Work in the Time of COVID-19: FAQs for Employers

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As part of the Patient Protection and Affordable Care Act, Congress enacted earlier this year a new tax provision, Section 501(r) of the Internal Revenue Code. This provision imposes four new, additional requirements upon hospitals that are recognized as tax-exempt under Section 501(c)(3).

These new requirements specifically apply to any organization that operates a facility required by a state to be licensed, registered, or similarly recognized as a hospital, as well as any other organization that the Secretary of the Treasury determines has the provision of hospital care as its principal function or purpose constituting the basis for its tax exemption under Section 501(c)(3). If a hospital organization operates more than one facility, it must meet the requirements of this provision separately with respect to each facility.

Community Needs Health Assessment

The first requirement is that a hospital must conduct a community health needs assessment every three years and adopt an implementation strategy to meet the community health needs identified from that assessment. A hospital must include in its annual information return, Form 990, a description of how it is addressing these needs, as well as a description of any needs that are not being addressed and the reasons why not. An excise tax may be imposed on hospitals that fail to meet these requirements. This new requirement is effective for taxable years beginning after March 23, 2012.

Financial Assistance and Emergency Care

The second requirement is that a hospital establish both a financial assistance policy and a policy relating to emergency medical care. A financial assistance policy must include eligibility criteria for financial assistance and whether that assistance includes free or discounted care; the basis for calculating amounts charged to patients; the method for applying for financial assistance; for organizations that do not have separate billing and collections policies, the actions the organization may take in the event of nonpayment; and measures to widely publicize the financial assistance policy in the community. A hospital must also have a written policy requiring it to provide care for emergency medical conditions without discrimination. This policy is required to prevent discrimination in providing emergency treatment against those eligible for either financial assistance under the hospital’s policy or government assistance.

Limitation on Charges

Third, a hospital must limit the amount it charges for emergency or other medically necessary care that is provided to individuals eligible for financial assistance to not more than the amounts generally billed to individuals who have insurance. The legislative history indicates that the amount billed to those who qualify for financial assistance should be based on either the best, or an average of the three best, negotiated commercial rates or Medicare rates.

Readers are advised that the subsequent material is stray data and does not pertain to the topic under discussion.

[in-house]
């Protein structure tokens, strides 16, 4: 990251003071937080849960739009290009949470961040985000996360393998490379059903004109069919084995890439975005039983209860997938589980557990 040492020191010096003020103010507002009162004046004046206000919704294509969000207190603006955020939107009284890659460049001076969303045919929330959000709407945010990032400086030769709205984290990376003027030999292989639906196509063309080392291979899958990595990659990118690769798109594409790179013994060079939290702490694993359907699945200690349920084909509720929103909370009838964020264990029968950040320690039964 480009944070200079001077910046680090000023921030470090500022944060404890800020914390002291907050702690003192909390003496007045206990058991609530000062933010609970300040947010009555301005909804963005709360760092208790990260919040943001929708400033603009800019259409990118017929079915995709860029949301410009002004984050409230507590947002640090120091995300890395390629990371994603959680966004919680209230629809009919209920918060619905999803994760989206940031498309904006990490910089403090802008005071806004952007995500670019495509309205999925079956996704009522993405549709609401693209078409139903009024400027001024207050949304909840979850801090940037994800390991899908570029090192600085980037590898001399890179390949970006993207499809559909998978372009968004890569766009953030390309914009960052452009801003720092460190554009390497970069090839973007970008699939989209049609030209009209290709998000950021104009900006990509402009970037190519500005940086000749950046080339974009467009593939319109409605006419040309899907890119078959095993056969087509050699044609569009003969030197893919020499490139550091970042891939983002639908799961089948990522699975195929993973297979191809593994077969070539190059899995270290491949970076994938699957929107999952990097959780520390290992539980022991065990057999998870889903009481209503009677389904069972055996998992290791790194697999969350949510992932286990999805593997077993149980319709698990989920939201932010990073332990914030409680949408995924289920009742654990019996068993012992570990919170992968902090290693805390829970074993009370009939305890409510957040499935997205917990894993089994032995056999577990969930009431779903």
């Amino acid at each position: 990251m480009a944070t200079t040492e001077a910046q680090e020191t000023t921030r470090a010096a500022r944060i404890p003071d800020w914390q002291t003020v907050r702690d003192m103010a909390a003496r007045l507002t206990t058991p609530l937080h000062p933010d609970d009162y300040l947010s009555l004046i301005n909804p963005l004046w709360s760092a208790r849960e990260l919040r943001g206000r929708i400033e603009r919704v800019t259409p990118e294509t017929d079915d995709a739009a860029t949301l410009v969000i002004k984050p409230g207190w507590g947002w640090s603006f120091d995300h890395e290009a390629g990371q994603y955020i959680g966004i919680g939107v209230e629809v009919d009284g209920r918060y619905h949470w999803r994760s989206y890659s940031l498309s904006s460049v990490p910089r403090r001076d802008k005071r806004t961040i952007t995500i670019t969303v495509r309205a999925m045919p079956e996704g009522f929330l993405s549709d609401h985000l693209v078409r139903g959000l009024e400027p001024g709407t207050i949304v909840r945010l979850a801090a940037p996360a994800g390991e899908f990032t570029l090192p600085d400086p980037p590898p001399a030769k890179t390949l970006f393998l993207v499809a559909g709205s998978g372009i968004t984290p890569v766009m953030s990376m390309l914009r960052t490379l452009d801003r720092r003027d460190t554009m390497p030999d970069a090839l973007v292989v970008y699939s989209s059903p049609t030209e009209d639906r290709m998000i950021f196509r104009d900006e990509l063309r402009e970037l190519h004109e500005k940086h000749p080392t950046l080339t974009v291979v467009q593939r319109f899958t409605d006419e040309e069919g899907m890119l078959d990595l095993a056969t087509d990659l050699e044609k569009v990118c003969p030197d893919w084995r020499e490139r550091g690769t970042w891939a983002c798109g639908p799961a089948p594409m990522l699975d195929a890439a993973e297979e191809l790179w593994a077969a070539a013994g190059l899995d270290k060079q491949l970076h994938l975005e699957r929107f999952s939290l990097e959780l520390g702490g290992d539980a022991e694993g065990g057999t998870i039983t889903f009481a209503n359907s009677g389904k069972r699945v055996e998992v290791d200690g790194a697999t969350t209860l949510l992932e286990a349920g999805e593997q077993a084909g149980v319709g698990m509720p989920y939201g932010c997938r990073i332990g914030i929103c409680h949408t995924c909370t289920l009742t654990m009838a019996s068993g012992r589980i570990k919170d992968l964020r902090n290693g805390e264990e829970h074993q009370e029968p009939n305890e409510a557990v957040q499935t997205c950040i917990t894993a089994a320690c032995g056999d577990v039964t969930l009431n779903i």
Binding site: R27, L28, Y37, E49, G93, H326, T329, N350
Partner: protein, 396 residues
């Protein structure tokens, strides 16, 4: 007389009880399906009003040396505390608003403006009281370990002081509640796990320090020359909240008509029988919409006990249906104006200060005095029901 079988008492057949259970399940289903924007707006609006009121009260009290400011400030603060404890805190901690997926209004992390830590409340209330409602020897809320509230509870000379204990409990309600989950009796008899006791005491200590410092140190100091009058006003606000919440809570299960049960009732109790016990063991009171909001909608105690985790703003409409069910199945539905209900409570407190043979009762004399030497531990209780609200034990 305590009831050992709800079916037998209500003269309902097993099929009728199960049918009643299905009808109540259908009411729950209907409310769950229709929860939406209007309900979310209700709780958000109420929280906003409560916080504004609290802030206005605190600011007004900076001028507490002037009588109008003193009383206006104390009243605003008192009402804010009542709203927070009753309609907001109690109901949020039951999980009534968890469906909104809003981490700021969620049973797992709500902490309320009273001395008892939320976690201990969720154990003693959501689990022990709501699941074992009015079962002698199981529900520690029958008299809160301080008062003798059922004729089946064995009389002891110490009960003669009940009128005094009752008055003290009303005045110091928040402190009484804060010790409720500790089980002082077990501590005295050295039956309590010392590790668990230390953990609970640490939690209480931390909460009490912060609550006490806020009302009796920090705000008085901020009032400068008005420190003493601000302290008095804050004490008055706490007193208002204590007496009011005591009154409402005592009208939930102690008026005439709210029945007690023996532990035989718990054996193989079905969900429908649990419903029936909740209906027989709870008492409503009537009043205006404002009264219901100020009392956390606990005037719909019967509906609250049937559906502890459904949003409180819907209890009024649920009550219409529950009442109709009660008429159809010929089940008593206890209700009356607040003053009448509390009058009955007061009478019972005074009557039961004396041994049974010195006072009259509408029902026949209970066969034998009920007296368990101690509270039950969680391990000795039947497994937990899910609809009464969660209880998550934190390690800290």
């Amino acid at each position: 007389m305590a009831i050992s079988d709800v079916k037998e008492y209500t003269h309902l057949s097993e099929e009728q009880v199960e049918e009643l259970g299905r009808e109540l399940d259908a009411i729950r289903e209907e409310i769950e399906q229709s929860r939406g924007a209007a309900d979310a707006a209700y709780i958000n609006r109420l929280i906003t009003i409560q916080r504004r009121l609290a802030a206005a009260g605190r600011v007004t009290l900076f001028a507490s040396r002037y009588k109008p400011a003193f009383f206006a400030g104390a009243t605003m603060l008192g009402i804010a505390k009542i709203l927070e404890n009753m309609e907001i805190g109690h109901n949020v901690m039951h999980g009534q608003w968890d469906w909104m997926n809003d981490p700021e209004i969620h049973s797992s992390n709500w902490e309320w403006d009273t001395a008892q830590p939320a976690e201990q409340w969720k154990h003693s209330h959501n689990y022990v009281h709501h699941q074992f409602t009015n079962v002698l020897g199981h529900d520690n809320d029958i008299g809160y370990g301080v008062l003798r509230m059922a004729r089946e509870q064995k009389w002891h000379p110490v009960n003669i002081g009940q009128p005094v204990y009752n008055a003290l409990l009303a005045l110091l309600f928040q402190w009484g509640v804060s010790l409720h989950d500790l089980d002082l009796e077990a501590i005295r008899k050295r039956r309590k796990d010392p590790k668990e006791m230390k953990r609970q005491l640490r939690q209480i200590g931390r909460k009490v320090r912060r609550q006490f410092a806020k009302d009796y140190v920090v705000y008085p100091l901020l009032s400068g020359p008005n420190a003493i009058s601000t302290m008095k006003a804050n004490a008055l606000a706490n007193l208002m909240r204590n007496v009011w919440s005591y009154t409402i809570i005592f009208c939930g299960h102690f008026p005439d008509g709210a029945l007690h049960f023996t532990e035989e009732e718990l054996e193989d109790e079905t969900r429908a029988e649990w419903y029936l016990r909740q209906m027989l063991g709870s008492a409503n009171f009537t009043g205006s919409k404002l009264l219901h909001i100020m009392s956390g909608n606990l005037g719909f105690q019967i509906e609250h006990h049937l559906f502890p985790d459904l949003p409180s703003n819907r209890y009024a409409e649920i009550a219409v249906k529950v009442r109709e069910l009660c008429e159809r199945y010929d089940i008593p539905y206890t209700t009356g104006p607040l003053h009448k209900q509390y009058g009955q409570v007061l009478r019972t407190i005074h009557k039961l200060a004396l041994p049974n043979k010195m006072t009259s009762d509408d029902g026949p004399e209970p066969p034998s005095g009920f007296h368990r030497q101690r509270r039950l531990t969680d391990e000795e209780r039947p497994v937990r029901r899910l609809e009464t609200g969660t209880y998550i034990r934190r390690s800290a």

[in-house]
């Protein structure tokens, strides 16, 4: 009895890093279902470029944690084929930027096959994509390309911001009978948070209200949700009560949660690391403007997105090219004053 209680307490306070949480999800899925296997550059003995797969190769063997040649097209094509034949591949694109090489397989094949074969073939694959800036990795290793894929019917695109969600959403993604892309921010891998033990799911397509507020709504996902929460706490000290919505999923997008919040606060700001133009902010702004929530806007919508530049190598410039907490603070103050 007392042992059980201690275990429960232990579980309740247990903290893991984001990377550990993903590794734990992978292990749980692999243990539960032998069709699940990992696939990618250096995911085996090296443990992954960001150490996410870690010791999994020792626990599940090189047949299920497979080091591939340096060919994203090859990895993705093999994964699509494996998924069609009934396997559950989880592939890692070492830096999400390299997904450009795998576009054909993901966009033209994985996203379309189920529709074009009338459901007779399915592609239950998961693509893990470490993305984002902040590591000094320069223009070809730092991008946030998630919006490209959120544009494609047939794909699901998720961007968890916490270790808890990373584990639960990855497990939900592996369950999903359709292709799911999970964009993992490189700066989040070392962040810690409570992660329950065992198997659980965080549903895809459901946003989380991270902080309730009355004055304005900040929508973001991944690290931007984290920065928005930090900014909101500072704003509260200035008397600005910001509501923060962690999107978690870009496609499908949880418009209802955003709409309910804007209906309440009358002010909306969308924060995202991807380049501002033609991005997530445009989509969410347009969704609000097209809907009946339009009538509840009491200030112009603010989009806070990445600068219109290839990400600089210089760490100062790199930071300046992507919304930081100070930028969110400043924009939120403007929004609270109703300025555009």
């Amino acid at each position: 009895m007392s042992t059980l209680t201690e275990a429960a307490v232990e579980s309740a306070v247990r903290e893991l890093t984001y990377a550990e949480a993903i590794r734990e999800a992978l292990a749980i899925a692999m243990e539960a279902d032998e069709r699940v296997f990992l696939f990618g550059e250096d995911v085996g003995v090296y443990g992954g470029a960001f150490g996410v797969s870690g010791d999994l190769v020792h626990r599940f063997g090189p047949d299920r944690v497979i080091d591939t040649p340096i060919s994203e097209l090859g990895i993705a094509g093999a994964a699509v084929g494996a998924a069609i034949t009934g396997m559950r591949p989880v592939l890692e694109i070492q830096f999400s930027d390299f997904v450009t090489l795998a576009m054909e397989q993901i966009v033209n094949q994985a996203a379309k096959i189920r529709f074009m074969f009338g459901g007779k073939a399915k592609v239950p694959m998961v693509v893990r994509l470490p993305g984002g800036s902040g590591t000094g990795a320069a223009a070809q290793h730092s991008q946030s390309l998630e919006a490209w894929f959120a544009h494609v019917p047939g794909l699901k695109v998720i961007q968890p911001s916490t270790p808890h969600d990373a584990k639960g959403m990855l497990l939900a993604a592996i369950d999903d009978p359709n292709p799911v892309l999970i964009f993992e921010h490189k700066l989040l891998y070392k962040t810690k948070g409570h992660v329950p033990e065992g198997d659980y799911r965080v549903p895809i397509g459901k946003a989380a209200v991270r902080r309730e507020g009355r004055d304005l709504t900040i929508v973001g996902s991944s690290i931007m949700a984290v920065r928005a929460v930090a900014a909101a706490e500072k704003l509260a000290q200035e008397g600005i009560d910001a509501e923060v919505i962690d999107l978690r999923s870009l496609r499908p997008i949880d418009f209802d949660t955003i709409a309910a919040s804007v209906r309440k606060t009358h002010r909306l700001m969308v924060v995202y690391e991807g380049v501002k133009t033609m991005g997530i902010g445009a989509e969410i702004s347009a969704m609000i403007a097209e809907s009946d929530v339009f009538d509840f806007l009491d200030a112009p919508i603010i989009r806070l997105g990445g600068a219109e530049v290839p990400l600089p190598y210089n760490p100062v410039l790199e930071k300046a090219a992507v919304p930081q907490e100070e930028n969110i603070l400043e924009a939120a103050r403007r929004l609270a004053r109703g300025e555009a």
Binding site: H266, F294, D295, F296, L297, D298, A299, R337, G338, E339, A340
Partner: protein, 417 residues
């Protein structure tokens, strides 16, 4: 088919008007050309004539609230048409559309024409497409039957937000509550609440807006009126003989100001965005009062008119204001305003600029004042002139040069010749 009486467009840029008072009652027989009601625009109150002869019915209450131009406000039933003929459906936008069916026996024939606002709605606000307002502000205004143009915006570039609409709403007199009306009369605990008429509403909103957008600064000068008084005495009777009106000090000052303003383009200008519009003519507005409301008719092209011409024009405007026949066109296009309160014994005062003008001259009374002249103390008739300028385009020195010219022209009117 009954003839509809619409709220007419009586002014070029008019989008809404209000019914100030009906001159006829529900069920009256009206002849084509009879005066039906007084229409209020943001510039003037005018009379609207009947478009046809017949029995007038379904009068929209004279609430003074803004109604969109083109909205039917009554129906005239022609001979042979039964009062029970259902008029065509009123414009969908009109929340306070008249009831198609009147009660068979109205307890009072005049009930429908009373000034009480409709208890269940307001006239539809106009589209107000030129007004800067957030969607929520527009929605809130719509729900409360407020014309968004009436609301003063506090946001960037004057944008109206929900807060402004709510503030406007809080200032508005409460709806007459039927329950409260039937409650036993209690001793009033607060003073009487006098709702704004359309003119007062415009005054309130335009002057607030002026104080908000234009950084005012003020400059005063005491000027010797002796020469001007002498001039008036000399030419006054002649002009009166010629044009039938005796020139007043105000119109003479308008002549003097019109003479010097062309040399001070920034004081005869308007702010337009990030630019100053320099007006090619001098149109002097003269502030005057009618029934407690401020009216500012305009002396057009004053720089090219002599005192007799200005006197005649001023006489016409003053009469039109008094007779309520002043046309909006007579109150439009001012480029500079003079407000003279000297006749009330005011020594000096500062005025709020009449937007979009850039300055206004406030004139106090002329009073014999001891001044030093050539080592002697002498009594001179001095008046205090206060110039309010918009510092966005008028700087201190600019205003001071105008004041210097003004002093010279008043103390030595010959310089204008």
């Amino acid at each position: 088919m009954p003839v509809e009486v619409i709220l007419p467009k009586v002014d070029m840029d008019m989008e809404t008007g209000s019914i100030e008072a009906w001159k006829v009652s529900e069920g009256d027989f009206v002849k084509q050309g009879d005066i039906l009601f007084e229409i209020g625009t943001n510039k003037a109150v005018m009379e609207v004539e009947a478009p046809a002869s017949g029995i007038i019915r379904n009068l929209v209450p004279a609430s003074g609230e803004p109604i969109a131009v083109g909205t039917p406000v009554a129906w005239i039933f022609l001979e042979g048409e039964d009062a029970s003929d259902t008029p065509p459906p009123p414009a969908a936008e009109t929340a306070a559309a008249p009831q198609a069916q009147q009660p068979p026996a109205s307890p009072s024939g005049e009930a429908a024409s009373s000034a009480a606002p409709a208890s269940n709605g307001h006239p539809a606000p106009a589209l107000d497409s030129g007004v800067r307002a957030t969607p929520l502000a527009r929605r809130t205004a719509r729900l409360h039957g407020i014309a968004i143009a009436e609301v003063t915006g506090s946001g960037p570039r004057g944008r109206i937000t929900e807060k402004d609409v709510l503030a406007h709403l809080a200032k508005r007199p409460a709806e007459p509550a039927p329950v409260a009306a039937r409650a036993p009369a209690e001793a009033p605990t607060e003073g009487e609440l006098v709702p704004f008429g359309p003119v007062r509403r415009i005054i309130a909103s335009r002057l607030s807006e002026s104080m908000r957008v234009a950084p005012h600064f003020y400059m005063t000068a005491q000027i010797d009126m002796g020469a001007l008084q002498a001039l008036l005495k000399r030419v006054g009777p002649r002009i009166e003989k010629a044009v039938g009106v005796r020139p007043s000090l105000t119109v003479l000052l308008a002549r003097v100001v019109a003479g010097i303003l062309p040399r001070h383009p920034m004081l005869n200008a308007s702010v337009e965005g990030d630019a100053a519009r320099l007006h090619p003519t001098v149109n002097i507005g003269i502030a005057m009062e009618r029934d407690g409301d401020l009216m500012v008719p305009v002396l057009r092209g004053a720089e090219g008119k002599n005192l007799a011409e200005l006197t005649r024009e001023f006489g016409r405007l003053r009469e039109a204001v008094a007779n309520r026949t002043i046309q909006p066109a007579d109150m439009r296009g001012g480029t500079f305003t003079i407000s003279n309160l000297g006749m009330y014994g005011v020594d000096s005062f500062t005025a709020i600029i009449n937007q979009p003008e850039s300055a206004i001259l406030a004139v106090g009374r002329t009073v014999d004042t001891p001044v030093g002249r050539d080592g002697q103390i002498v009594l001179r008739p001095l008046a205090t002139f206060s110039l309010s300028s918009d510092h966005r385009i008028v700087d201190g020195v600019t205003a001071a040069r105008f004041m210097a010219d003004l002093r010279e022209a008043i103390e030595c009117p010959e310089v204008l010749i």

Collection Actions Restricted

Fourth, a hospital must forego extraordinary collection actions against individuals before it has made reasonable efforts to determine whether the individual is eligible for assistance under its financial assistance policy. Extraordinary collections may include lawsuits, liens on residences, and arrests. Reasonable efforts may include providing notification of the hospital’s financial assistance policy upon admission and in communications regarding the patient’s bill.

Except for the community health needs assessment requirements, the new provisions are effective for taxable years beginning after March 23, 2010.

The Internal Revenue Service requested, and is now considering, comments submitted concerning these new provisions by the American Hospital Association and others. Comments were requested on particular areas of concern, including what should be the appropriate requirements for a community health needs assessment, what should constitute reasonable efforts to determine eligibility for assistance, and what should be the consequences to a hospital organization where some, but not all, of the facilities meet the standards of Section 501(r).

We recommend that hospitals begin reviewing their policies for compliance with the requirements of Section 501(r). Financial assistance policies should be reviewed for compliance with the new law, or where there are none, such policies should be put in place. Similarly, emergency treatment policies, as well as billing and collection policies, need to be reviewed and revised if needed. In addition, community needs assessments should be reviewed, though there is more time to undertake this review since this part of the law is not effective until 2012. Hospitals should be sure to report, as appropriate, compliance with these measures on Schedule H of their annual information return filed with the IRS.

Craig Dalton, an attorney no longer with Poyner Spruill, was the original author of this article.

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